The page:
Signature Dish: I've blown my cover, but the food's still bad
I've been outed. Or rather, I outed myself. No, it's nothing to do with my sexual proclivity (which, as long as it takes place between consenting adults, is nobody's business anyway). Rather, I outed myself to the world with my photograph in my cookbook, A Celebration of Food, which was published last month.
I've been food and wine editor of this newspaper for 15 years, and have kept a low profile. I accept very few invitations, try to keep a distance between myself and chefs and restaurateurs, and usually avoid being snapped at events (and if I am, I give the photographer a pseudonym). I am so low-key, in fact, that when I met someone who was a big fan of my work, he said he thought I was "like Betty Crocker" - in other words, he thought I was a mythical creature.
The decision to publish my photo wasn't taken lightly. One reason I've been fairly anonymous for so long is that I review restaurants, and worry that if people know I am at their establishment, they might make much more of an effort, rather than giving me the experience of an "ordinary" diner.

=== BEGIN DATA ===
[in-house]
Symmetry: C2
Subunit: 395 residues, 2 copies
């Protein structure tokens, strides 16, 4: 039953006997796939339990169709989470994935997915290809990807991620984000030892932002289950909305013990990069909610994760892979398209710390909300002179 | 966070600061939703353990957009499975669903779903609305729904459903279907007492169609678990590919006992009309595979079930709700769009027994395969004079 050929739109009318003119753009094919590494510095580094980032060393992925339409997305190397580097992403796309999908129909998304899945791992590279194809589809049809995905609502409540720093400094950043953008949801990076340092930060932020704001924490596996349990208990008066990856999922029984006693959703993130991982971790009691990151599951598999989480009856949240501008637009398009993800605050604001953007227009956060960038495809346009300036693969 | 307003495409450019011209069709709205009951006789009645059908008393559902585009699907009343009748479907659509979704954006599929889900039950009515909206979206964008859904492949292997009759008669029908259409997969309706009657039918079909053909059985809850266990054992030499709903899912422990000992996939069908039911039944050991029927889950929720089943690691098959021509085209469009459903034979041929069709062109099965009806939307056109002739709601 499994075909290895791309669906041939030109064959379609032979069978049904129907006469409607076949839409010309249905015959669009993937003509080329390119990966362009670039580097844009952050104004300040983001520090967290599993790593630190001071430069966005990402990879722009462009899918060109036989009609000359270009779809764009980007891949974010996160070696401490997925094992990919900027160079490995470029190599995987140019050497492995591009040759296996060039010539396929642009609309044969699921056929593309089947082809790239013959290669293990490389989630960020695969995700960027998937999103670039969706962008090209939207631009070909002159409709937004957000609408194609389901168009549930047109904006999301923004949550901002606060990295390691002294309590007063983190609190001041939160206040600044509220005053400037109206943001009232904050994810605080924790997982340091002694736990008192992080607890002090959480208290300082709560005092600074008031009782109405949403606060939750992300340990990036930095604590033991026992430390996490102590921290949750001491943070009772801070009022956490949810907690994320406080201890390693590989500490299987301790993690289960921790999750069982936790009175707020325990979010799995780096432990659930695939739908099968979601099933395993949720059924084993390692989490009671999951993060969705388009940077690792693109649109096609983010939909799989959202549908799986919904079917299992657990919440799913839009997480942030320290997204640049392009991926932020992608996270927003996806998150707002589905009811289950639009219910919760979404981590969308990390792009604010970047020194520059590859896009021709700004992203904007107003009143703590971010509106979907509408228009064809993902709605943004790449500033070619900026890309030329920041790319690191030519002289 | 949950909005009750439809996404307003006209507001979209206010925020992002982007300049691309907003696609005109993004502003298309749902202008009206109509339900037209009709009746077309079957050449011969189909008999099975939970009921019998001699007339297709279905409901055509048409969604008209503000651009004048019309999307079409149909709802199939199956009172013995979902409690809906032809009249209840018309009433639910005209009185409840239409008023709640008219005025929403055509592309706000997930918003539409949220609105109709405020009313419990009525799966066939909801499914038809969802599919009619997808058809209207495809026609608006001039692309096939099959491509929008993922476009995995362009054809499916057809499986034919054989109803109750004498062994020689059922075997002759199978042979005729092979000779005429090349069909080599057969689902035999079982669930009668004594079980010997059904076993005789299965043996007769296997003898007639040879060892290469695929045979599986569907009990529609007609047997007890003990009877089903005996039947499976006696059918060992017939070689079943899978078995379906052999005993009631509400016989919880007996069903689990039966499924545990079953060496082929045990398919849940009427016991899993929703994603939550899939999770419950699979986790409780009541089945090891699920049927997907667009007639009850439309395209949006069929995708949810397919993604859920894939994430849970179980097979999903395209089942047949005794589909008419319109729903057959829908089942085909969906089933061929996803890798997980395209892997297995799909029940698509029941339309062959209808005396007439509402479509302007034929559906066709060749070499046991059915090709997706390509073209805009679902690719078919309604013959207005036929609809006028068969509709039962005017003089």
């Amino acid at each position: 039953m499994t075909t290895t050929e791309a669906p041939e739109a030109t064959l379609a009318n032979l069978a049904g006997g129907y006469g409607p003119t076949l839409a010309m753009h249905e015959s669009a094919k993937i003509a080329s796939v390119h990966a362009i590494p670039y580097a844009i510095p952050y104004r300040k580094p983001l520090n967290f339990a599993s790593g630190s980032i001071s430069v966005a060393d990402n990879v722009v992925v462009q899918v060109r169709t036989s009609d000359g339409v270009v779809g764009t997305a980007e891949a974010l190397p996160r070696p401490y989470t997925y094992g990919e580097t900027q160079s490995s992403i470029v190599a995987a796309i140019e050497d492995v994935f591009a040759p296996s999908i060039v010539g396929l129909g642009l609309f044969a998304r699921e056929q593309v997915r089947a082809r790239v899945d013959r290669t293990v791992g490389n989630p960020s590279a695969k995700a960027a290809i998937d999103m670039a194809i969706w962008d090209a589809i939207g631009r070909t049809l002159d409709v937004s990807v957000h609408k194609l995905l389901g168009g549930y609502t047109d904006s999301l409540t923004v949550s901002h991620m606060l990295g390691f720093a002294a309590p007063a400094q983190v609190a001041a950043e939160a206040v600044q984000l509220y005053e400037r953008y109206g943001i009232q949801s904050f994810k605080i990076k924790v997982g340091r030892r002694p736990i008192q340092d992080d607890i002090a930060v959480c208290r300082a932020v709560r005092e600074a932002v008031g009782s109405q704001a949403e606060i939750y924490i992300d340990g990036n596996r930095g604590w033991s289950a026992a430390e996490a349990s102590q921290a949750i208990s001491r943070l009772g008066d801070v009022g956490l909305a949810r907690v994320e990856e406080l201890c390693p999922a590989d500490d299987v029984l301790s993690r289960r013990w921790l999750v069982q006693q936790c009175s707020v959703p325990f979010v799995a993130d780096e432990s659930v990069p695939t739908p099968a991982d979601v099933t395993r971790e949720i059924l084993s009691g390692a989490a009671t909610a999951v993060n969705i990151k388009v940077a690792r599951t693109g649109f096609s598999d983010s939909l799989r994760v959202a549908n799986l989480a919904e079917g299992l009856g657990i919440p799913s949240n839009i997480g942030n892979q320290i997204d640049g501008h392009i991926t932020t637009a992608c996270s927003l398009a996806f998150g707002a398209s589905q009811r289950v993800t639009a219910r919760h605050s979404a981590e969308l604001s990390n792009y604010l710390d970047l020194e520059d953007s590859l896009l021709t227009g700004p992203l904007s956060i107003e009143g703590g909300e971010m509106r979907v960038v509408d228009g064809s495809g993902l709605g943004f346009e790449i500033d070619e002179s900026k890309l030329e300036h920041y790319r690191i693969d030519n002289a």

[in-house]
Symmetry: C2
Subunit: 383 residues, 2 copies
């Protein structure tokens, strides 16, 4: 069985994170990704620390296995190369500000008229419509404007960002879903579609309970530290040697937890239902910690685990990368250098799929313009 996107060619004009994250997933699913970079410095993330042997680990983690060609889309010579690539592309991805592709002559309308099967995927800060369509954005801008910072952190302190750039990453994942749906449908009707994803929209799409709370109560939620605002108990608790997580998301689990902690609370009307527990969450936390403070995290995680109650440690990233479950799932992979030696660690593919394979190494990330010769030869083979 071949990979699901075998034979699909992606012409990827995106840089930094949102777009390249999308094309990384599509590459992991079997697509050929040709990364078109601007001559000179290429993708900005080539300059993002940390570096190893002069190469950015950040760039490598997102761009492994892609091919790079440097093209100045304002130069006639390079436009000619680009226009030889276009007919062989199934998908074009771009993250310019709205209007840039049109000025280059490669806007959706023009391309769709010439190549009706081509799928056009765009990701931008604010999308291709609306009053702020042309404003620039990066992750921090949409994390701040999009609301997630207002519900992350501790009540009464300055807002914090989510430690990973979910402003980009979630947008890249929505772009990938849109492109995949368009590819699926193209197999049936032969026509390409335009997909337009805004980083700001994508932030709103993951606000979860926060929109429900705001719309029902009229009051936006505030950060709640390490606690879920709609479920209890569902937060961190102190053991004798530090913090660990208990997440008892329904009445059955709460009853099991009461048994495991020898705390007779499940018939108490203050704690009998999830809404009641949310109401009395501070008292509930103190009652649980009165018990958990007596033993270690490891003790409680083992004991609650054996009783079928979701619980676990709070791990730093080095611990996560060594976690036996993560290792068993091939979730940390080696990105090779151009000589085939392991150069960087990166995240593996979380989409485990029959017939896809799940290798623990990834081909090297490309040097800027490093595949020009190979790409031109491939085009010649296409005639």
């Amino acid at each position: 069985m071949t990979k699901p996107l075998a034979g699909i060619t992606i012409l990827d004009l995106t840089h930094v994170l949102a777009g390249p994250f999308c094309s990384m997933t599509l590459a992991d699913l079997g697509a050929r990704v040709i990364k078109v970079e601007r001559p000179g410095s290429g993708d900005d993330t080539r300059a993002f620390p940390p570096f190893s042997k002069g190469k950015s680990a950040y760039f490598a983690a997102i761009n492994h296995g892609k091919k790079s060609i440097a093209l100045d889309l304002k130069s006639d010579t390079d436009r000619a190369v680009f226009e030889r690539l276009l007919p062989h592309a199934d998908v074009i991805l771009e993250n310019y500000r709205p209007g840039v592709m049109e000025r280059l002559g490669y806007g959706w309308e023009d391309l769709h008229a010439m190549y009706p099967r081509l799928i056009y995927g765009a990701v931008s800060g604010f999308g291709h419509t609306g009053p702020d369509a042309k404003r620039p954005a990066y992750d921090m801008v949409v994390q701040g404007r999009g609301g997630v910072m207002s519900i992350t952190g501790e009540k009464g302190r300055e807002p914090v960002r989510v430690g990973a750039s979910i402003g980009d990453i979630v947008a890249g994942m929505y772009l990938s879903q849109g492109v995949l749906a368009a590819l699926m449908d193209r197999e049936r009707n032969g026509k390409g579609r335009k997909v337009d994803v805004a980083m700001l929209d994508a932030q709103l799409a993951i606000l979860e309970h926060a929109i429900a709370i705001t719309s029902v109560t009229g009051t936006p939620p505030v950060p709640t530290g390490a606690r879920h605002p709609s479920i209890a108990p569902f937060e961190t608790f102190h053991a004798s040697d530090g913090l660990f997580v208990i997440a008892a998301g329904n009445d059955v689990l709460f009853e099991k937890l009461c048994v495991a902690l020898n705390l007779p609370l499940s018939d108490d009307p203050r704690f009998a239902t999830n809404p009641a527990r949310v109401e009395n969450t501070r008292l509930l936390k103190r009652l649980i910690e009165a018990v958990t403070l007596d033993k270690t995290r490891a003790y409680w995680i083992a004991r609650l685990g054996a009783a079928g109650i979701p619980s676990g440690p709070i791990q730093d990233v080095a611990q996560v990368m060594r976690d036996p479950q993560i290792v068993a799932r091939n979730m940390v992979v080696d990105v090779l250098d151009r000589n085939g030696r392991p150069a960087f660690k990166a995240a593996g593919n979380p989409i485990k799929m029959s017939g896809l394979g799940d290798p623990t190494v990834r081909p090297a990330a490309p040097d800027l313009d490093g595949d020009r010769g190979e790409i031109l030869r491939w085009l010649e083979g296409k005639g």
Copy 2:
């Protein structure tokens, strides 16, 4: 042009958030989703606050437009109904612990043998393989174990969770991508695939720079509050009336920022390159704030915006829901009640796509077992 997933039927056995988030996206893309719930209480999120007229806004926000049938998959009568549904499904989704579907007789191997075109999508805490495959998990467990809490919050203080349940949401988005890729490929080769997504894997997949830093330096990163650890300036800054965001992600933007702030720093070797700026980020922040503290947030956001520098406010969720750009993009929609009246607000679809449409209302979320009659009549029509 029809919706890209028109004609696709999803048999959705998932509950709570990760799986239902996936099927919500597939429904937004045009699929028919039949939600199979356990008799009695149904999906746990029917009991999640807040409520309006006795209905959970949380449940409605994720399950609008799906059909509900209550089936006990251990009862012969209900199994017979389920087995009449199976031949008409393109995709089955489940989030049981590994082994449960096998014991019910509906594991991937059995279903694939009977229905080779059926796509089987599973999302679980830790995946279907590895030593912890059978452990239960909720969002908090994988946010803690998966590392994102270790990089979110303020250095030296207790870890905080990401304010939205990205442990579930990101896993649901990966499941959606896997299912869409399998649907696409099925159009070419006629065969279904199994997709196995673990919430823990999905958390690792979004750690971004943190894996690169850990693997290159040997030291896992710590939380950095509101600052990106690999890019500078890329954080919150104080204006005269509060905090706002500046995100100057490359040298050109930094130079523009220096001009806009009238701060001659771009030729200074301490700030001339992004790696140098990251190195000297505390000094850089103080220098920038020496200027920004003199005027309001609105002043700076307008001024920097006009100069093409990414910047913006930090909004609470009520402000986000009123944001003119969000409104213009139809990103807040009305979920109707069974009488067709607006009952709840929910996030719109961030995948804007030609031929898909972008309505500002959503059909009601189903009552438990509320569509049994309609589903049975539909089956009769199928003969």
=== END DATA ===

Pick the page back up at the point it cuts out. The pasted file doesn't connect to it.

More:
For advice, I turned to Nicholas Lander, the restaurant reviewer for the Financial Times. Lander, for many years, was also quite anonymous - if you did an internet search of his image, most "hits" would be of his red socks.
But with the publication of his book, The Art of the Restaurateur, he's come out of the closet, so to speak. At an event I moderated for him at Kelly & Walsh bookstore in Pacific Place, I asked him how important anonymity was to a reviewer, and he replied: "Not much."
In truth, there's not a lot a chef or restaurateur can do if they suddenly spot a reviewer in the house (and just because I'm dining in a restaurant doesn't necessarily mean I'm reviewing it - I also eat for pleasure, not just for work). In her book, Garlic and Sapphires, Ruth Reichl, former restaurant critic for The New York Times, writes about dining at Le Cirque as an anonymous person, and in her official capacity as a reviewer. The meals were like night and day.
But if I have been spotted in the dozen or so reviews I've done since my photo was published, the staff have been a lot more discreet about letting me knew they knew it was me. The service didn't go from mediocre to attentive at one restaurant, or from dull to amazing at another. To use an annoying expression that seems to be popular now, the restaurant "is what it is", and just because a reviewer is in the house doesn't mean it's going to get any better.